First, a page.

Many people watched the New England Patriots quest for perfection with excitement and a sense of wonder. They saw it as an amazing streak, one that would be an incredible page in NFL and sporting history.
Sure, it would have been something to marvel at. It would have been an amazing feat that would have taken an incredibly skilled team. I couldn't help but root against them.
I've got a love affair with Cinderella stories. The improbable comebacks, and seeing the unlikely happen. No one thought the NY Giants even had a chance in the Super Bowl, and with their victory, it became my favorite NFL playoff game in recent history.
This underdog sympathy led me to become an instant fan of the Colorado Rockies in 2007. Heck, they weren't even supposed to make the playoffs, and all the sudden they were taking the NL's best teams apart, piece by piece.
First, they swept the Philadelphia Phillies in the Division Series, and then they dismantled the Diamondbacks in the Championship series.
The Rockies' path to the World Series seemed like something that could only happen in Hollywood. Going an incredible 21-1, forcing a one-game series against the Padres to make it to the playoffs, and then beating the Padres on a death-defying slide by Matt Holliday.
Rookies shortstop Troy Tulowitzki seemed to be the natural-born leader, destined to lead the Rockies to the franchise's first World Series victory. He showed how much he wanted to win with the last play of the NLCS, turning a difficult play with ease, as if he was urging his team to follow him into World Series greatness.
It seemed that Tulowitzki and his Colorado Rockies were unstoppable. A team that had floundered for years at the bottom of the National League West had finally found its savior in a 23-year-old shortstop that must have some relation to Ozzie Smith.
As the tears welled up in Todd Helton's eyes after their NLCS victory, it seemed like the Rockies were the real deal; that they had a passion that couldn't be stopped and a will to win that was simply unmatched.
And then they ran into "The Nation". Personally, there wasn't a doubt in my mind that those Rockies couldn't be beaten. That not only was their passion unmatched by a Red Sox team that had won a World Series in 2004, but that the baseball gods were intervening on behalf of the Rockies.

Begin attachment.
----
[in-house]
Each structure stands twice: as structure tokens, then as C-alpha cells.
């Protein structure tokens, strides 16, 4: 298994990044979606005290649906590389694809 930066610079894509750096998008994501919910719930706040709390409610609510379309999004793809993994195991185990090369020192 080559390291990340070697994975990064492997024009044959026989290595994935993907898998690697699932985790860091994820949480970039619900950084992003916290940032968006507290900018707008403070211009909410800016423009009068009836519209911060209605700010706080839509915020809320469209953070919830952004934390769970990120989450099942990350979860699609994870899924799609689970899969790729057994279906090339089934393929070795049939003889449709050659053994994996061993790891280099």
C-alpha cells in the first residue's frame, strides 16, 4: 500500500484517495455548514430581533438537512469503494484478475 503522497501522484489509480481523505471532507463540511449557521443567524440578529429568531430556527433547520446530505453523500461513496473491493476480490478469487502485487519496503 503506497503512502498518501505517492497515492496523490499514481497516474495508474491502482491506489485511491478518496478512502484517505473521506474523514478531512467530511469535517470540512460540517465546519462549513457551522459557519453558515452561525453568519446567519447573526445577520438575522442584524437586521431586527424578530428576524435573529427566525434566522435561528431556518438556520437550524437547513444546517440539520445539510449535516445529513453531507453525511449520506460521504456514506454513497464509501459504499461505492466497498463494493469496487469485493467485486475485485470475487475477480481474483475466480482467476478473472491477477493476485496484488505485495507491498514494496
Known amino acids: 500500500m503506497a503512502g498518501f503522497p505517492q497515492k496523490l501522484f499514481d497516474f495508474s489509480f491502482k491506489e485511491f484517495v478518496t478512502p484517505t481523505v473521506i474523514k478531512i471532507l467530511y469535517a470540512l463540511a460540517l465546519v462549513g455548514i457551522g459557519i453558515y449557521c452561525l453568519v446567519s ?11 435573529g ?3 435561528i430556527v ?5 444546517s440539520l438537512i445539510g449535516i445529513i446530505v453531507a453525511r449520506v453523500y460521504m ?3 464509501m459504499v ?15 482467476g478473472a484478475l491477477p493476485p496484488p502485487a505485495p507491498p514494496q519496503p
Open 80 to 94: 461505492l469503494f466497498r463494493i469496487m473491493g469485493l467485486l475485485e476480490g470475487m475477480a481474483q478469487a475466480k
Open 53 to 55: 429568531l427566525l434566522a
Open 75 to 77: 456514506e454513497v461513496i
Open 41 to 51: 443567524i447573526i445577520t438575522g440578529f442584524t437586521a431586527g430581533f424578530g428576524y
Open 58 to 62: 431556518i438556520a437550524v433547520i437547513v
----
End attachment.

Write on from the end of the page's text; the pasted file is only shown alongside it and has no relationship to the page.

Behind the veteran leadership of Mike Lowell and Josh Beckett, the Red Sox trounced the Rockies, showing that even with all the passion the Rockies had shown on their incredible road to the World Series, it was simply no match for a more experienced and more skilled Red Sox team.
All the buildup for this amazing Rockies team was quickly scattered by the hot bats and talented pitching of the Boston Red Sox.
The gifted, young players on the Rockies would have to wait at least one more year to bring a World Series back to Colorado.
And then the worst happened. The Rockies have been miserable in 2008. If you're looking for them in the standings, it seems that the 2007 season had them missing their place at the basement of the NL west.
The chants of "Tulo! Tulo!" have been quieted by a horrible start of the season for their star shortstop, batting a miniscule .152 in the first 26 games of the season before an injury that sidelined him on May 3.
After signing a sizable contract with the Rockies, wrapping him up until 2009, Matt Holliday also suffered an injury, sidelining him for 16 days.
The real surprise is how miserable their pitching staff has become. They rank 15th in the league with a 4.74 ERA. Jeff Francis, a shutdown pitcher in 2007, has a 2-6 record and a 5.45 ERA in 2008. Manuel Corpas was a lights out closer in 2007, but this year has only four saves in nine opportunities and a 6.21 ERA.
Something has happened to the Rockies. This isn't the unstoppable team we saw at the end of the 2007 season. It seems that after the Rockies wasted their last blessing, the baseball gods will no longer intercede on their account. Or maybe something has changed in their team, something is simply not clicking like it did last year.
Either way, it seems that this fall, Rocktober will have gone back to the mountainous cavern it came from, and we will simply return to October.
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